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Seattle Schools has tried to improve racial equity in the district for years with little success. Jones has said he’s committed to improving educational outcomes for students of color, specifically Black boys, and board members say they believe Jones is the leader the district needs right now. 

Chandra Hampson said she had Jones in mind for the job even before she was elected to the board. 

“He was part of trying to bring the attention to Black students really early on — not that he takes credit for that — but he was part of that,” Hampson said. “He was willing to step up and provide that leadership.”

And Harrell added, “I know thousands of people who recently embraced social justice. Brent is one of the few people I know — for as long as I’ve known him — to talk about building a pathway for others consistently. He has earned my respect because I’ve seen the way he leads.”  

Jones is the first Black male leader the district has had in more than two decades. He said that is a burden, but he accepts it willingly. 

He says that as an African American, he’ll be judged by a higher standard, “but I embrace it, I think it’s an honor.” 

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Some of Jones’ top issues: making sure central office staff understand the needs of schools and what is necessary to make improvements, and engaging families in ways that are relevant and meaningful to their children.

“The one-size-fits-all doesn’t really work for families,” Jones said. “We know as diverse as our families are, they have unique and special needs and I want to figure out ways to really be responsive, so that … families can be, and parents can be, their children’s first teacher.” 

Jones said he wants to go beyond understanding issues for students in the district and focus on outcomes, and he wants budget decisions geared toward those desired outcomes. 

“I don’t want our students just to graduate, I want our students to thrive,” Jones said. “I want our students to be fully engaged in learning and I want them to feel like they are all scholars and that they can achieve whatever their passion is.” 

An “extraordinary” childhood

When Jones was 7, he stood before the Seattle School Board and spoke about why his school should be named after civil rights leader Martin Luther King Jr. — one of a group of students who supported the name change, as did others in the community.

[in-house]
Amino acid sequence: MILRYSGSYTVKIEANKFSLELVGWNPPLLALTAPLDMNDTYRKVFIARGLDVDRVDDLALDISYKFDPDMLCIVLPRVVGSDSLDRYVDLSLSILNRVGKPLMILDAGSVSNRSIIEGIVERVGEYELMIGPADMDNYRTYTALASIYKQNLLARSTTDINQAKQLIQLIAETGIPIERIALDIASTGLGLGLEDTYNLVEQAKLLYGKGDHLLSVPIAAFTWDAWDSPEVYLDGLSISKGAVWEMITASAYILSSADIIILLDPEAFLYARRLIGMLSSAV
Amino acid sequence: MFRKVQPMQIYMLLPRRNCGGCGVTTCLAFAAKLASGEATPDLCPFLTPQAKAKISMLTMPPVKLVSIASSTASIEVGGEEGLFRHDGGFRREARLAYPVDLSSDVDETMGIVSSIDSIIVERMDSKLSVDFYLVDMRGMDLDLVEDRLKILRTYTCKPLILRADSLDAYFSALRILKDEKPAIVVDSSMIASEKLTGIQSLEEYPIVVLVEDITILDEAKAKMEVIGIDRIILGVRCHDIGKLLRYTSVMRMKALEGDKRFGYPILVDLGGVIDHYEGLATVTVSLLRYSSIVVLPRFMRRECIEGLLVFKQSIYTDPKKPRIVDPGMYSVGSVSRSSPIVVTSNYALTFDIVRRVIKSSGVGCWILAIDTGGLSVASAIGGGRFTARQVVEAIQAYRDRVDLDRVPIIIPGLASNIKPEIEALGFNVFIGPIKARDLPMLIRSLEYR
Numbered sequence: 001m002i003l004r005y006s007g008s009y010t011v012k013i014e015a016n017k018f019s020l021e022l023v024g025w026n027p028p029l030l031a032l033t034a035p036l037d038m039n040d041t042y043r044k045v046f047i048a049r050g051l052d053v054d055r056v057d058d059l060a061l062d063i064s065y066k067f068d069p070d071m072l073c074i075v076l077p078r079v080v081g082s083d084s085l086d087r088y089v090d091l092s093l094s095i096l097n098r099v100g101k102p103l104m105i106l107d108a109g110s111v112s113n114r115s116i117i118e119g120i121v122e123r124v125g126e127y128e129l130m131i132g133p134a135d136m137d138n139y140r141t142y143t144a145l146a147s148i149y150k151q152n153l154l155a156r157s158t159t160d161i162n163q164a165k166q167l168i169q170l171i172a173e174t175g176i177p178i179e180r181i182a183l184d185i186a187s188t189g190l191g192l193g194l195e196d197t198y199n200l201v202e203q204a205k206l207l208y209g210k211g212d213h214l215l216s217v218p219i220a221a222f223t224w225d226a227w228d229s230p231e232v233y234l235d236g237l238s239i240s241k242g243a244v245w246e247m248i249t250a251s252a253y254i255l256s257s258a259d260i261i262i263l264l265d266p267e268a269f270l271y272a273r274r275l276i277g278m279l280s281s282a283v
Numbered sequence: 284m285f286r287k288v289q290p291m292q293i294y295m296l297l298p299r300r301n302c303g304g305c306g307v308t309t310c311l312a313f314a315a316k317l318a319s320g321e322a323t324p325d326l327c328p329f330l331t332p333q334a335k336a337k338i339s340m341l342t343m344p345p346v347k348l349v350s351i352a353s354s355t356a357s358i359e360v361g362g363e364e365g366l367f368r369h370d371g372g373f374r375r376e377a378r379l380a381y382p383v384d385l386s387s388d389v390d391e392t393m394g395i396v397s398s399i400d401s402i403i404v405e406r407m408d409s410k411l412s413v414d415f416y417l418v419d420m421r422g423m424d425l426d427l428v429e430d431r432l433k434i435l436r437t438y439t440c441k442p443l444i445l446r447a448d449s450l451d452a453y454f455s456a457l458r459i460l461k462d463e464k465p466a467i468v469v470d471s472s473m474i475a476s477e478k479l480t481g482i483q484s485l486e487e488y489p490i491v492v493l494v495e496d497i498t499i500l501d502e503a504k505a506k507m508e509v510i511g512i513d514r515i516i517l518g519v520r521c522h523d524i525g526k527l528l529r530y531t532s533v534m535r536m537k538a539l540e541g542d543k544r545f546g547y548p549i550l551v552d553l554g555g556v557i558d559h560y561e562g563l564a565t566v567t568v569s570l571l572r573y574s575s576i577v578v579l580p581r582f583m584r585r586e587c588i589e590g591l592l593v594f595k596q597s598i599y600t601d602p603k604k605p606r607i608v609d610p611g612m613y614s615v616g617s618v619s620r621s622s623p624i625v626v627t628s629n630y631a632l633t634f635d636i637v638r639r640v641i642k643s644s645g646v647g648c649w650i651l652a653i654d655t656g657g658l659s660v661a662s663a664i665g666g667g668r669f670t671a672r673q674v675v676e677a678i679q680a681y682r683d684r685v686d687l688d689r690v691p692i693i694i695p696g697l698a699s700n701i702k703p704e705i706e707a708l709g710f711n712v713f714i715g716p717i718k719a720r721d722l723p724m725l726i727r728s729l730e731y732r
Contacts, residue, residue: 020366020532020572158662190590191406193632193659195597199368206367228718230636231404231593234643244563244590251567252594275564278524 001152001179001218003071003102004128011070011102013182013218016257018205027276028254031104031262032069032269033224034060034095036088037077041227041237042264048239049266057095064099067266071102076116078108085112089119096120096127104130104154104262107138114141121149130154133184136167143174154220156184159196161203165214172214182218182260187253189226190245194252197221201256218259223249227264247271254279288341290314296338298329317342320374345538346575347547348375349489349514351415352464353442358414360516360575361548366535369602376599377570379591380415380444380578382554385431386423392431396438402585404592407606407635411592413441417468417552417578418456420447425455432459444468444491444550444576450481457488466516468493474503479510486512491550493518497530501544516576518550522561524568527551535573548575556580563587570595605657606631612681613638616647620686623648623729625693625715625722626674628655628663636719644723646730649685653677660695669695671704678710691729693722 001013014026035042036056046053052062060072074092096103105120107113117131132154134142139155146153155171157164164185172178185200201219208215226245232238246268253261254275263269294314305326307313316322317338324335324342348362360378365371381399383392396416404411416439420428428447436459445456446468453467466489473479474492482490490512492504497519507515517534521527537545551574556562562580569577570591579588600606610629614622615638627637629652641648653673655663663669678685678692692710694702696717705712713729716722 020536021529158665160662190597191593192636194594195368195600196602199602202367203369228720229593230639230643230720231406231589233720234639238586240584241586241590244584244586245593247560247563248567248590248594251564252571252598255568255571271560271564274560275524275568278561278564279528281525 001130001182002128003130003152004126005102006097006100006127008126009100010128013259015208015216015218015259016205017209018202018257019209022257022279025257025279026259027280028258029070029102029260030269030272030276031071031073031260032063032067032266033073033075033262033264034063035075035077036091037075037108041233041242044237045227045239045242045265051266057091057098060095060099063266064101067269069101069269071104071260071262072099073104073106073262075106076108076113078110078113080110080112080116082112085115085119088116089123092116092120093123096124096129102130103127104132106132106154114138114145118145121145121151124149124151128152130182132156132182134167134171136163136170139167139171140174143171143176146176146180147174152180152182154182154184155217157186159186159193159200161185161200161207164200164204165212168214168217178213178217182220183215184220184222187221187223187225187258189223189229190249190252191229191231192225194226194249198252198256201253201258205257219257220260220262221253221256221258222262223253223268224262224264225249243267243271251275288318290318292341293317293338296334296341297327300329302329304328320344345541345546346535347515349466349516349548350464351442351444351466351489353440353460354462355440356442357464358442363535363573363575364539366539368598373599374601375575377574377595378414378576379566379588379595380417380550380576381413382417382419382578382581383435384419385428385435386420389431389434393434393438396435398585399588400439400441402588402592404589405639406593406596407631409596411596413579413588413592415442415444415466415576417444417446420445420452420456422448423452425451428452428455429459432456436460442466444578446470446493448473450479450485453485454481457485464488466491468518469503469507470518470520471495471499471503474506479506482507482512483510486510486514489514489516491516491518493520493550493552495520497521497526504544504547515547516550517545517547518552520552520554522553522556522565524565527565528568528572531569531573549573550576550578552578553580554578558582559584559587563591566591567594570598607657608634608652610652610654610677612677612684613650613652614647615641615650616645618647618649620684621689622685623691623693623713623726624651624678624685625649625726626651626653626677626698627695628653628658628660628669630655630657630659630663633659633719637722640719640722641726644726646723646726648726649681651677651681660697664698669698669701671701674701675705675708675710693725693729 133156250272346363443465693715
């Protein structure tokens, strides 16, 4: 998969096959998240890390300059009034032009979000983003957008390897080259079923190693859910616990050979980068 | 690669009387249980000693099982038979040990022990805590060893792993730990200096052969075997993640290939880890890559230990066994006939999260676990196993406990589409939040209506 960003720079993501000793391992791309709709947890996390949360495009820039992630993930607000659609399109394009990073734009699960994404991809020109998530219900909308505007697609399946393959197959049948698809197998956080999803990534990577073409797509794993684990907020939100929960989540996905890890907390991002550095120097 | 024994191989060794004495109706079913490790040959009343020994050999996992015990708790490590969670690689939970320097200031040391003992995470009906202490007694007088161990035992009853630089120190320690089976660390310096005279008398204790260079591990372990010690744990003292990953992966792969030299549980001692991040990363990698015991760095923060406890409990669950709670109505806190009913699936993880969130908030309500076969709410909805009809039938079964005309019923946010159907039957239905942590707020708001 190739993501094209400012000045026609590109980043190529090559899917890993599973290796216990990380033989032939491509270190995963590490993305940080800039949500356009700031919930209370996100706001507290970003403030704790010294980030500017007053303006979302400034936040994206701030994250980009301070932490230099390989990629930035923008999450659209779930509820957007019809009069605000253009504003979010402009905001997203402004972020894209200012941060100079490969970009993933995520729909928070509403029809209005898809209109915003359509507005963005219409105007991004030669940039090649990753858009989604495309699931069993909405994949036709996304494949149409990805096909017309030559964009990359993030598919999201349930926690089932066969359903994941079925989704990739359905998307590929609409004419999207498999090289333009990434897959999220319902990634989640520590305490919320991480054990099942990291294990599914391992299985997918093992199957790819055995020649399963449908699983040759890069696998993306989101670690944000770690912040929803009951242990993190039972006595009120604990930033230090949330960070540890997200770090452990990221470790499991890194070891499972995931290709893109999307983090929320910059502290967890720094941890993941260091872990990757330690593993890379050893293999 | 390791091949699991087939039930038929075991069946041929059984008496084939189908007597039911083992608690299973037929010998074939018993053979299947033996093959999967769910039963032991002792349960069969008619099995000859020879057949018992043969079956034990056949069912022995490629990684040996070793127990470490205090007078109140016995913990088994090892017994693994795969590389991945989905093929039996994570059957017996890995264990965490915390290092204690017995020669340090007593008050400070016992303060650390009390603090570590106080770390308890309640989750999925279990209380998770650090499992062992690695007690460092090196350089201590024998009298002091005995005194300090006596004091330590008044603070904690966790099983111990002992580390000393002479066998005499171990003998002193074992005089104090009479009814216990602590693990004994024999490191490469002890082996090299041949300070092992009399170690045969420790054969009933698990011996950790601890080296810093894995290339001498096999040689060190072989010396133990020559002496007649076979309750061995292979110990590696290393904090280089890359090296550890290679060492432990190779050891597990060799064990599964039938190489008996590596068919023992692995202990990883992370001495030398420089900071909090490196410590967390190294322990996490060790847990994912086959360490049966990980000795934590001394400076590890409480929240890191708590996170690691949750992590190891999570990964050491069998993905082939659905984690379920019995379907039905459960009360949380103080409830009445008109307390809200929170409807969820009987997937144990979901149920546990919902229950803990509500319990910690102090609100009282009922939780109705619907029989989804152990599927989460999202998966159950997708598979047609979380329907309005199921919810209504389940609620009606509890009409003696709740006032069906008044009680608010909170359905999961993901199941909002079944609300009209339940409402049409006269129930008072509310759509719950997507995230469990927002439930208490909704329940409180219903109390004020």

Soon enough, what used to be Harrison Elementary School in South Seattle became Martin Luther King Jr. Elementary School.

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“That was an early taste of advocacy for me,” Jones said.

He describes his childhood as “extraordinary.” He mainly attended Seattle schools in the central and southern parts of the city. During desegregation, he was bused to what is now Broadview-Thomson K-8, in the Bitter Lake neighborhood, for sixth grade.

The Franklin High School graduate said he didn’t experience Seattle as a majority white city when he was younger. He had a diverse group of friends, and Black teachers as role models.

“I had no idea this was a unique experience,” Jones said of growing up in the city’s most diverse neighborhood. “I think it shaped me.” 

Jones’ daughter, Nia, graduated from Cleveland High School and is now attending college in California. “She’s my pride and joy,” Jones said. 

Childhood friend Zachary Fleet, who met Jones when they were about 8, said sports were a big part of the lives of Jones and of their friend group. They played soccer, basketball and football and skied together. 

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“He came from a delightful family,” Fleet said. “I’m not surprised at all how successful he was.”

Growing up, Jones said he always assumed he’d go to college, and he credits his parents for that. He attended Washington State University for a year then transferred to the UW where he majored in zoology and ran track.

Jones’ mother, Mona Lake Jones, taught in Seattle schools and graduated from Washington State University, received her master’s at UW and doctorate at Seattle University. His father, Joe Jones, played football at UW and was a management consultant. 

Jones has relationships with so many people in the city that, at times, it can be hard to manage all of his meetings, said his executive assistant Cathy Jimenez, who also worked alongside him at King County Metro.

“He’s also somebody who doesn’t like to give you the how,” Jimenez said. “He doesn’t want to tell you how to make the sausage, he wants to tell you what he wants the sausage to taste like and let you figure out how that works.” 

Jones has a master’s degree in educational administration from the University of Texas and received his doctorate there in educational leadership. It’s also where he met his wife, Janine, whom he married in 2001. 

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Fleet said he was surprised Jones wanted the top job but not that many wanted him to stay in the role.

“Brent listens more than he talks, and that’s not always the case when you get to the level he’s at,” Fleet said. “Brent’s experience will lead to a lot less friction and more work to get done.”

Correction: A previous version of this story said Greenwood Elementary School is in Ballard. Greenwood Elementary is in Greenwood.